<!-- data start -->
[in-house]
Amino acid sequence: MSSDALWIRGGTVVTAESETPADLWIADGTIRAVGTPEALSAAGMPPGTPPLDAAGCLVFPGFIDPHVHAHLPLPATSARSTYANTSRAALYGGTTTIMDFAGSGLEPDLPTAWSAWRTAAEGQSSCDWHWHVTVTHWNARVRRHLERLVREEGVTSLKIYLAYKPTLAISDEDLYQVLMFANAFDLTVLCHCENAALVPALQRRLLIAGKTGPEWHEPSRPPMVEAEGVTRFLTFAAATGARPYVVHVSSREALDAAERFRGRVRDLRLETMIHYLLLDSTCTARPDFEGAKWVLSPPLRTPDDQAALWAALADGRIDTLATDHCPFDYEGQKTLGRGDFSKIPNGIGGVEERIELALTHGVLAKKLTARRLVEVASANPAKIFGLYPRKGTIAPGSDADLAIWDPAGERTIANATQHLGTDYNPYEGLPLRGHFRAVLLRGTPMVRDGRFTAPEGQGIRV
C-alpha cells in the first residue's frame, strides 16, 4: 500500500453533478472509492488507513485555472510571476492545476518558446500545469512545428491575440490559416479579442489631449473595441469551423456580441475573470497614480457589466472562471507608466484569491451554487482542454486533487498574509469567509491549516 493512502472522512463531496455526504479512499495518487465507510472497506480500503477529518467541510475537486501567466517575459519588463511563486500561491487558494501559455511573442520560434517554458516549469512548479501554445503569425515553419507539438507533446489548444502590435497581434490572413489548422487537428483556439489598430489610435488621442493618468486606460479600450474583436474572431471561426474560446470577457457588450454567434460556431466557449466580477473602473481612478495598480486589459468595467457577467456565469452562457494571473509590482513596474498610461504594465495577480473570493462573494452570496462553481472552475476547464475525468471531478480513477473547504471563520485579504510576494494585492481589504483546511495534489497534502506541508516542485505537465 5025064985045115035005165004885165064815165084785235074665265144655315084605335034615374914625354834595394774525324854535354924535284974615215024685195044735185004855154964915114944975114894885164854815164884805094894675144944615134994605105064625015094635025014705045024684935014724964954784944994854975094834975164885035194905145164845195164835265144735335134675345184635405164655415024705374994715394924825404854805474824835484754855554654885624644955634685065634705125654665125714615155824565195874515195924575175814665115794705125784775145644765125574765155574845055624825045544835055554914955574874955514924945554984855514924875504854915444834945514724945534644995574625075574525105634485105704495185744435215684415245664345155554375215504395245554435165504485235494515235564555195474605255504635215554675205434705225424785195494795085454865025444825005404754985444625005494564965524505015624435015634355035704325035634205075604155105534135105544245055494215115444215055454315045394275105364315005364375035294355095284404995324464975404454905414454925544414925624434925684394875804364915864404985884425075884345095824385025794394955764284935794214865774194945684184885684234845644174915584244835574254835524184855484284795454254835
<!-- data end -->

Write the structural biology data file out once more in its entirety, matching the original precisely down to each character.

[in-house]
Amino acid sequence: MSSDALWIRGGTVVTAESETPADLWIADGTIRAVGTPEALSAAGMPPGTPPLDAAGCLVFPGFIDPHVHAHLPLPATSARSTYANTSRAALYGGTTTIMDFAGSGLEPDLPTAWSAWRTAAEGQSSCDWHWHVTVTHWNARVRRHLERLVREEGVTSLKIYLAYKPTLAISDEDLYQVLMFANAFDLTVLCHCENAALVPALQRRLLIAGKTGPEWHEPSRPPMVEAEGVTRFLTFAAATGARPYVVHVSSREALDAAERFRGRVRDLRLETMIHYLLLDSTCTARPDFEGAKWVLSPPLRTPDDQAALWAALADGRIDTLATDHCPFDYEGQKTLGRGDFSKIPNGIGGVEERIELALTHGVLAKKLTARRLVEVASANPAKIFGLYPRKGTIAPGSDADLAIWDPAGERTIANATQHLGTDYNPYEGLPLRGHFRAVLLRGTPMVRDGRFTAPEGQGIRV
C-alpha cells in the first residue's frame, strides 16, 4: 500500500453533478472509492488507513485555472510571476492545476518558446500545469512545428491575440490559416479579442489631449473595441469551423456580441475573470497614480457589466472562471507608466484569491451554487482542454486533487498574509469567509491549516 493512502472522512463531496455526504479512499495518487465507510472497506480500503477529518467541510475537486501567466517575459519588463511563486500561491487558494501559455511573442520560434517554458516549469512548479501554445503569425515553419507539438507533446489548444502590435497581434490572413489548422487537428483556439489598430489610435488621442493618468486606460479600450474583436474572431471561426474560446470577457457588450454567434460556431466557449466580477473602473481612478495598480486589459468595467457577467456565469452562457494571473509590482513596474498610461504594465495577480473570493462573494452570496462553481472552475476547464475525468471531478480513477473547504471563520485579504510576494494585492481589504483546511495534489497534502506541508516542485505537465 5025064985045115035005165004885165064815165084785235074665265144655315084605335034615374914625354834595394774525324854535354924535284974615215024685195044735185004855154964915114944975114894885164854815164884805094894675144944615134994605105064625015094635025014705045024684935014724964954784944994854975094834975164885035194905145164845195164835265144735335134675345184635405164655415024705374994715394924825404854805474824835484754855554654885624644955634685065634705125654665125714615155824565195874515195924575175814665115794705125784775145644765125574765155574845055624825045544835055554914955574874955514924945554984855514924875504854915444834945514724945534644995574625075574525105634485105704495185744435215684415245664345155554375215504395245554435165504485235494515235564555195474605255504635215554675205434705225424785195494795085454865025444825005404754985444625005494564965524505015624435015634355035704325035634205075604155105534135105544245055494215115444215055454315045394275105364315005364375035294355095284404995324464975404454905414454925544414925624434925684394875804364915864404985884425075884345095824385025794394955764284935794214865774194945684184885684234845644174915584244835574254835524184855484284795454254835